A recent report says that hospital ERs have seen a big increase in the number of kids and teens reporting headaches. What is causing the increase? And is there anything kids (and parents) can do to prevent them?
Dr. Lindsay Elton, pediatric neurologist who specializes in headaches/migraines, says she is not surprised by the report. “While we almost always see seasonal increases in headaches in the fall, likely related to more stress with the school year as well as allergies, I think we are also seeing an overall rise in headache visits over the entire year.”
Reasons for Headache Surge and Prevention Tips
Dr. Elton says the most common culprits for the rise in headaches are:
- Poor sleep related to an increase in homework demands and screen time/electronic media use.
- Greater anxiety and depression, likely also related to school, homework and poor sleeping habits
Most recurrent headaches are usually the cause of several issues at once. Said Dr. Elton, “I recommend addressing lifestyle factors first, before resorting to a prescription medications. Lifestyle changes she recommends include:
- Drink up. Most children and teens do not drink enough water during the school day. This is a frequent cause of afternoon headaches, especially in elementary school aged kids.
- More and better sleep. Limit “screens” (such as iPhones, computers, etc.) in the evenings and turn everything off one hour before bedtime. Also, try getting into bed earlier. Even just 30 minutes of extra sleep can make a HUGE difference.
- Fresh is best. Processed foods contain chemicals including dyes and preservatives that can trigger headaches in some patients. Instead of food from a box, try fresh fruits, yogurt or cheese.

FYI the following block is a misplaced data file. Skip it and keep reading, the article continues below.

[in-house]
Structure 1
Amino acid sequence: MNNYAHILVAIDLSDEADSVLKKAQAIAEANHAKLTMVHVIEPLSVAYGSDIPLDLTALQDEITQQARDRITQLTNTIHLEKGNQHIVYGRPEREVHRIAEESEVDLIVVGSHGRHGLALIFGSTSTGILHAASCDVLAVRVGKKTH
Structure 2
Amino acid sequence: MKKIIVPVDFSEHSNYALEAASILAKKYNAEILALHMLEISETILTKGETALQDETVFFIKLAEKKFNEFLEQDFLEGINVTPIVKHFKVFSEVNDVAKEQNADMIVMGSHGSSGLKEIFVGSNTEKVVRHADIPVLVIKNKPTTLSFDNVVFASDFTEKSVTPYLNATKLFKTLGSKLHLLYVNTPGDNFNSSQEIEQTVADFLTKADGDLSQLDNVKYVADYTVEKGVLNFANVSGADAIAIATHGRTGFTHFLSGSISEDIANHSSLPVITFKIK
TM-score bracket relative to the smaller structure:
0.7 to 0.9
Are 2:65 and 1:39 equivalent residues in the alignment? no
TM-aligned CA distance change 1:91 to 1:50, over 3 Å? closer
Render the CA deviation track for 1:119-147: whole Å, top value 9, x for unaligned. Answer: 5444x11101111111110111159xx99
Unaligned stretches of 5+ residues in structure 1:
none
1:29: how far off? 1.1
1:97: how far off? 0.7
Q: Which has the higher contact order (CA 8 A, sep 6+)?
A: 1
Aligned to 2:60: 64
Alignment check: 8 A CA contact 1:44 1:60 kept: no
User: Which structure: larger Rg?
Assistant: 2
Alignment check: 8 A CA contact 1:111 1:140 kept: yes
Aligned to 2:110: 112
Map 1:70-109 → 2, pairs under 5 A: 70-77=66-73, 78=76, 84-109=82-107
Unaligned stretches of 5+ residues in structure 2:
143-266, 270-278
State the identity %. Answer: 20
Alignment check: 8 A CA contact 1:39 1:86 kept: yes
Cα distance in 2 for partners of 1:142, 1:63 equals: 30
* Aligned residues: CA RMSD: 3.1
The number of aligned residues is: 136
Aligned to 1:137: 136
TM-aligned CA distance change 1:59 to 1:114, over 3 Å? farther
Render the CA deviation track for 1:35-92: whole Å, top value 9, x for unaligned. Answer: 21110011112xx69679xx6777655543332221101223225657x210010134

- Limit use of over-the-counter meds. Taking regularly over-the-counter medications, like Tylenol, ibuprofen or Excedrin, can actually make headaches worse. This can happen even with as few as 3-4 doses of these medications per week. If a parent is giving their kids Tylenol several times per week for more than a month, a visit with their doctor to discuss additional options may be in order.
- Get moving. Aim for 30 minutes of exercise at least 3 days a week. (School PE doesn’t count.)
- Focus on stress management. Look for a fun activity for your kids – a sport, an art or craft project – to help them decompress. If significant stressors exist, a few visits with a trained psychologist or counselor to help kids identify stress management and coping strategies can be helpful, too.
Most kids will experience improvement in headaches (if not resolution) with these tips.
“Persistent headaches and severe headaches often require additional evaluation and management, but all kids will still benefit from the lifestyle changes above,” said Dr. Elton.
If your child suffers from persistent headaches, talk to his pediatrician. Or, make an appointment with one of our specialists.